A few of the chapters may be somewhat useful to people who don't frequent gun forums, but overall I'm extremely disappointed. Cheaply printed, and the black and white photos are amateur snapshots with an obvious on-camera flash-I'm a lousy photographer, I would have done a much better job.

The meat starts in chapter 2, "Self Defense and lethal force". Basically, you can't shoot someone unless you are under imminent threat of death or severe injury, a bit on disparity of force. Says you can't be the one to start a fight, then claim self-defense if it gets out of hand. 22 pages, the longest chapter in the book.

Chapter 3: The dangerous myth of Citizen's arrest. 6 pages, about what you'd guess from the title.

Ch. 4: Samaratans with guns: 2 pages: Legality depends on the state, be darn sure you know who is who.

Ch. 5: Women and guns: Women can't handle more than a .380 or a .38, a .22 might be the best choice. "If you do work up to a .38, lean way forward into the recoil, unless you're a big girl"

Ch. 6: How and when to use firearms in your store: Rehash of when it is appropriate, then some obsolete hardware information, and a bit of useful advice on where to keep a gun, and .45's and .357's require extensive training to deal with the recoil. Again, .38's and .380's are the best choice.

Ch 7: In your home, probably the best chapter overall. How to move tactically (doesn't call it that) in your own home. The picture "proper way to check for prowlers" shows the model with his finger on the trigger--Rather than re-taking the photo, he just complains about it in the subtitle.

Ch 8: Gun in the street: Throw money at them, shoot as a last resort.

Ch 9: Gun in your car--Don't pick up hitchhikers, don't leave your gun in the car.

Ch 10: Deterrent effects: Guns often scare criminals away without being fired. Comes with 2 personal encounter stories where he drew on people, from before he was a cop.

Ch 11: Common sense on carrying: You should have training. Don't let your gun be spotted.

Ch. 12: High price of machismo: Try not to shoot anyone, even if you are justified you'll be sorry.

Ch. 13: Picking a gun: .38 revolver. Others are too powerful, .357 and .45 are for experts only. No mention of shooting .38's in a .357

Ch 14: Ammo: .38 or .45. 9mm is only used for the features of the guns chambered in it.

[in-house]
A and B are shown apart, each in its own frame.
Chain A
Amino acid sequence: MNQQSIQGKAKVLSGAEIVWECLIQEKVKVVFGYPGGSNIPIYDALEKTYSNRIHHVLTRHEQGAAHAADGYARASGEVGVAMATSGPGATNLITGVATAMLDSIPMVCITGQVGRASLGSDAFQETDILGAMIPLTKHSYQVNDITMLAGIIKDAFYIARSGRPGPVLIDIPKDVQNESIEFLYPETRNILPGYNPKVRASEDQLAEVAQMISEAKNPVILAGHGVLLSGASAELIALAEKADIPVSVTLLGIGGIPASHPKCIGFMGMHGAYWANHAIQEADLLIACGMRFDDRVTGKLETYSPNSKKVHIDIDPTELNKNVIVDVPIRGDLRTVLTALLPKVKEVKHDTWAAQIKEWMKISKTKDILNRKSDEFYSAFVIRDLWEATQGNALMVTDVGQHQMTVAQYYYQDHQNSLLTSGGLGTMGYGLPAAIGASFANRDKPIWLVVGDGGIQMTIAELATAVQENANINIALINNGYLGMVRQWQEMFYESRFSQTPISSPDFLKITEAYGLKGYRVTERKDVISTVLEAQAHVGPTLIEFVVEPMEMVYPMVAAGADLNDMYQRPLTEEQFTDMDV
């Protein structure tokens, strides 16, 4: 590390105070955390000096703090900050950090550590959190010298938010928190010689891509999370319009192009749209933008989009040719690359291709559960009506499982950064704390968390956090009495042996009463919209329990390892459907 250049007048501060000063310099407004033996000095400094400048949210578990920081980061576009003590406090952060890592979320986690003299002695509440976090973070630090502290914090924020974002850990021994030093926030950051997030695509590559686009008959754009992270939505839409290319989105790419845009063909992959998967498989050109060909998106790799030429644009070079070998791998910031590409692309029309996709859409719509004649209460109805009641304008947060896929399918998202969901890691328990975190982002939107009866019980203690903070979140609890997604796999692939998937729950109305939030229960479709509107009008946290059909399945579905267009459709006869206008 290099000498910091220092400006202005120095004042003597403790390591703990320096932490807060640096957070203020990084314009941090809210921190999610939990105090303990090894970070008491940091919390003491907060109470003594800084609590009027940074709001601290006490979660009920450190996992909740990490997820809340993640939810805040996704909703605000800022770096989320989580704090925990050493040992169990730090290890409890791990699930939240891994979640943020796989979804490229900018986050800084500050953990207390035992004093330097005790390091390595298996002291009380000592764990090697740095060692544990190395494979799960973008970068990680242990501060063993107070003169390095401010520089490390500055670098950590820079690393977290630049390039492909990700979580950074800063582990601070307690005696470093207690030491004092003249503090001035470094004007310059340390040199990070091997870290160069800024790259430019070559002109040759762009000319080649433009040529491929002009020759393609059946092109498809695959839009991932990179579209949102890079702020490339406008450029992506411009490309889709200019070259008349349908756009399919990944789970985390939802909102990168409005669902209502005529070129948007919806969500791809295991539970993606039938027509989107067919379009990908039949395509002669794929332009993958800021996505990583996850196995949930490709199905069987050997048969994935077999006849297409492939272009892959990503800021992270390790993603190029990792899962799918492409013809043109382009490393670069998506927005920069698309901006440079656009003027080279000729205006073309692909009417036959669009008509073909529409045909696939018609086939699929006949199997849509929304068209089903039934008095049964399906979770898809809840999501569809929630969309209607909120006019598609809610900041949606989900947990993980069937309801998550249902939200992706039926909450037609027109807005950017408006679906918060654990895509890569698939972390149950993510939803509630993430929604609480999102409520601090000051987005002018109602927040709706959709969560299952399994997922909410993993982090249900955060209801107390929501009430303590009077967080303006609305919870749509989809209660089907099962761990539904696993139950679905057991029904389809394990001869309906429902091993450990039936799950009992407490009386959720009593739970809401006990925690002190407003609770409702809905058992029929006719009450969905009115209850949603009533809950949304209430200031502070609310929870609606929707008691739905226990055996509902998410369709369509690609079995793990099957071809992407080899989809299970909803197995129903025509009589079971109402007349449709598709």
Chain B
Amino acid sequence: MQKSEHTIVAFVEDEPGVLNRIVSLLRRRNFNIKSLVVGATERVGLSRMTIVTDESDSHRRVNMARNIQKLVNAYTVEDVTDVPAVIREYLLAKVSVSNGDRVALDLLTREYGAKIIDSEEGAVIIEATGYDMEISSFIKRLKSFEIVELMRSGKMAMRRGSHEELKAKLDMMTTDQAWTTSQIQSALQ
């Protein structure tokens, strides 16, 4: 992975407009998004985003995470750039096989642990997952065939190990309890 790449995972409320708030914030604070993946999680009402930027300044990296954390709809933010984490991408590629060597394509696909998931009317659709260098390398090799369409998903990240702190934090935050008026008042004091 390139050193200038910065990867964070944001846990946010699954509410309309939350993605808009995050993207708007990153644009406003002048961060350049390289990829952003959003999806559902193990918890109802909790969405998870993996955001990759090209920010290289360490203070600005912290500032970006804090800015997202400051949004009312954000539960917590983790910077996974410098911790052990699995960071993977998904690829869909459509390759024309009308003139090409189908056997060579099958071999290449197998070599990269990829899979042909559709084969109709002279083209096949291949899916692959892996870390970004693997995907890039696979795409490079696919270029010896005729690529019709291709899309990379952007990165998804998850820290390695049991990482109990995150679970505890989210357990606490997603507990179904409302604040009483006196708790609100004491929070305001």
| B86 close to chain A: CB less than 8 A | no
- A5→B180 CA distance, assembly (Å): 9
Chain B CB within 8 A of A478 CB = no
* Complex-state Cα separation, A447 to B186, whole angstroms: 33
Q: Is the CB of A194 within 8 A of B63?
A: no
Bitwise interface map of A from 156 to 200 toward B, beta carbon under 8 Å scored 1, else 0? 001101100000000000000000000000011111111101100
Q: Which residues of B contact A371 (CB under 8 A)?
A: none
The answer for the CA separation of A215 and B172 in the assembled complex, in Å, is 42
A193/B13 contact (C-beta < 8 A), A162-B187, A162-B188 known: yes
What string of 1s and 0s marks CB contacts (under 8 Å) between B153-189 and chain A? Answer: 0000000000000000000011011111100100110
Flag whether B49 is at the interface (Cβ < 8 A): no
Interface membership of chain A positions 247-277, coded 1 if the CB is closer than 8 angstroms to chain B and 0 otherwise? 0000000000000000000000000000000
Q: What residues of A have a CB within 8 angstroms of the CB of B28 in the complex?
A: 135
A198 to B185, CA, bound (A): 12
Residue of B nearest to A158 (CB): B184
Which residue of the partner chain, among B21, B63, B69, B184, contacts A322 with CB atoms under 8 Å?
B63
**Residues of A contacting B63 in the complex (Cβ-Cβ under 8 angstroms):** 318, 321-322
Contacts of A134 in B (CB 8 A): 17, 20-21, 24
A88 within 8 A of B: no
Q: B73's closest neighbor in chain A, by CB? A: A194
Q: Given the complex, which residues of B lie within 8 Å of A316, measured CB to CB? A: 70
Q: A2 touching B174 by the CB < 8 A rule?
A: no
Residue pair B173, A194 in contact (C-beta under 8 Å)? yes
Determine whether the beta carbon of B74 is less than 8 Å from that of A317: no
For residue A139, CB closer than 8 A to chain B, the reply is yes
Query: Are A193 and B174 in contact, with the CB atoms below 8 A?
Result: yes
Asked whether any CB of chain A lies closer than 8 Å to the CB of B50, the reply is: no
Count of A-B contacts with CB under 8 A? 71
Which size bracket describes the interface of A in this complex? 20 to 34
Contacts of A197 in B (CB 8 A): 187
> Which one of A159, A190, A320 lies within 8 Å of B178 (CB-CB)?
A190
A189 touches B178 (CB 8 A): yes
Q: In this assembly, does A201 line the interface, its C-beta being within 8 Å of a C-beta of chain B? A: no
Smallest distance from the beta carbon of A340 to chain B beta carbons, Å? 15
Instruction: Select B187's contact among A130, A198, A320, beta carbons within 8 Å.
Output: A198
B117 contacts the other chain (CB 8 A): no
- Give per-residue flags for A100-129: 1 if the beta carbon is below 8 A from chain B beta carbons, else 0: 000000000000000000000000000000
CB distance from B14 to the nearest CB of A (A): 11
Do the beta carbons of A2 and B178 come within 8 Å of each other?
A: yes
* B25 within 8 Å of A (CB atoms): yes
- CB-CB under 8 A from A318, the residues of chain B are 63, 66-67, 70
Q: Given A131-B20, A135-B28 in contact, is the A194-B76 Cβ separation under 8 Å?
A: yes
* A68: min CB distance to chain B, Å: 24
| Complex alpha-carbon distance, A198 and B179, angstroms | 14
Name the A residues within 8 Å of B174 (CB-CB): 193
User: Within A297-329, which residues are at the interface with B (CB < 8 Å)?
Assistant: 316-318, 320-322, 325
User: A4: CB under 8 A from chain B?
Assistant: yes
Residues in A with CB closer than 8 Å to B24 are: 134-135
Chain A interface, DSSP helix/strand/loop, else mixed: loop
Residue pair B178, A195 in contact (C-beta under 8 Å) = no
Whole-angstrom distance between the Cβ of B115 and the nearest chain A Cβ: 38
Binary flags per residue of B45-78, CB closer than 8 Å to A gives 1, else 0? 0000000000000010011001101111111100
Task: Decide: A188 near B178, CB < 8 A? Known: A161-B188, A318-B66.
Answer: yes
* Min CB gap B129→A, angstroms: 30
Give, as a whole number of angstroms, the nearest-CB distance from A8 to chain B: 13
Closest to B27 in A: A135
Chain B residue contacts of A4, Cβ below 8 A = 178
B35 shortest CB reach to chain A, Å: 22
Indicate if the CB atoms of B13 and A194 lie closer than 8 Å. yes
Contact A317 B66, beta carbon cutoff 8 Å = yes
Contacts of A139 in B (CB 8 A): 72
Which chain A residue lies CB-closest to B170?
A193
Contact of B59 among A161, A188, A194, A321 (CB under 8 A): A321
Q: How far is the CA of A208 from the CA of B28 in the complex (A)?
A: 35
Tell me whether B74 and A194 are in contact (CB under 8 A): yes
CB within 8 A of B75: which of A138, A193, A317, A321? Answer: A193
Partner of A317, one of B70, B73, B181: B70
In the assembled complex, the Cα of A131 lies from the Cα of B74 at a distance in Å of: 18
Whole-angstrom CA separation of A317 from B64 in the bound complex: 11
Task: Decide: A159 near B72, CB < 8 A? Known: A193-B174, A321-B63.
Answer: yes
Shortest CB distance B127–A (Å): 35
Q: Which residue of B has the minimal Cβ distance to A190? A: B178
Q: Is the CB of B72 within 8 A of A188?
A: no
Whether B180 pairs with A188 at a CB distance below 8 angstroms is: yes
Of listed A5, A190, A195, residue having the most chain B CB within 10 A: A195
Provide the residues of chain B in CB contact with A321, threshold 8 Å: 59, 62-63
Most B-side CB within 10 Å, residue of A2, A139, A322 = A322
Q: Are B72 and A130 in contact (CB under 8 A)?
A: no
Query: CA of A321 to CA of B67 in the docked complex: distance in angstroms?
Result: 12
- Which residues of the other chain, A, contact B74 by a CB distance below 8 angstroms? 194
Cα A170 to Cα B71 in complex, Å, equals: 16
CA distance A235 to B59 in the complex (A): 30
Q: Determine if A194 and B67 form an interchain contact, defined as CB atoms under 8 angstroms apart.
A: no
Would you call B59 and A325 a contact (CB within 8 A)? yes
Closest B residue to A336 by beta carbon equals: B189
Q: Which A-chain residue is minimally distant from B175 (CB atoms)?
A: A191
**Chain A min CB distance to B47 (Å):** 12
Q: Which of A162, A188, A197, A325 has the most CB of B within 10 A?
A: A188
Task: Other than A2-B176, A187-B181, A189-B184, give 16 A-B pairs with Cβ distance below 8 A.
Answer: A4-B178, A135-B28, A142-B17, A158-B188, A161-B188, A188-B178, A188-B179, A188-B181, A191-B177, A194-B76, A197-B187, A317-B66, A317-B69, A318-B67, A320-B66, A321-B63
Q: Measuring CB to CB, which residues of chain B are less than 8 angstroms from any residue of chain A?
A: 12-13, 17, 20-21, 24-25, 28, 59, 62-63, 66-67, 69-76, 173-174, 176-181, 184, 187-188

Ch 15: Technique: Use a belt holster at 3:30, shoot COM.

Ch 16: Safety: 4 rules, don't get into aruments or drink while armed, keep guns away from unsupervised kids.

Ch 17: Aftermath: Get a lawyer, don't talk to the press. 4 pages.

Total, 130 pages.

I suppose back in the day this book was good information not easily available elsewhere, but none of it is new to anyone who spends even a little time on gun-related internet sites. I honestly don't understand why it gets the recommendations it does.

Wednesday, September 05, 2007

Stopped by a garage sale, and found a non-working 20g Ipod for a dollar. I figured that it was worth a gamble, so bought it. Opened it up...and smelled urine. Faint, but definitely urine.

I think I know what happened to it, but I don't think I'm going to fix it.

Sunday, September 02, 2007

Just fix it

My wife has a bad foot, first showing up after she slipped and fell at work. If we had known the results, she would have clocked out for 5 minutes, fell, then clocked back in so our regular insurance could have handled it.

Workman's comp has selected the doctor she is to go to, but apparently they don't trust the doctor because they take at least 3 weeks to approve his treatment. Because it is workman's comp, we can't use our health insurance.

"Reading between the lines, it appears you want to go on disability"

No. She wants her foot fixed. She doesn't want narcotics, which they are quite willing to approve, with no questions. She wants you to give the doctor that you picked permission to actually do his job in a timely manner. If this goes on, disability is a real possibility because most of the jobs she is qualified for require her to be on her feet a lot, which isn't possible UNTIL YOU LET THE DOCTOR THAT YOU CHOSE FOR HER FIX HER FOOT!. If you don't trust him, don't send people to him, or take it up with him.

If this is a preview of nationalized health care, no thanks.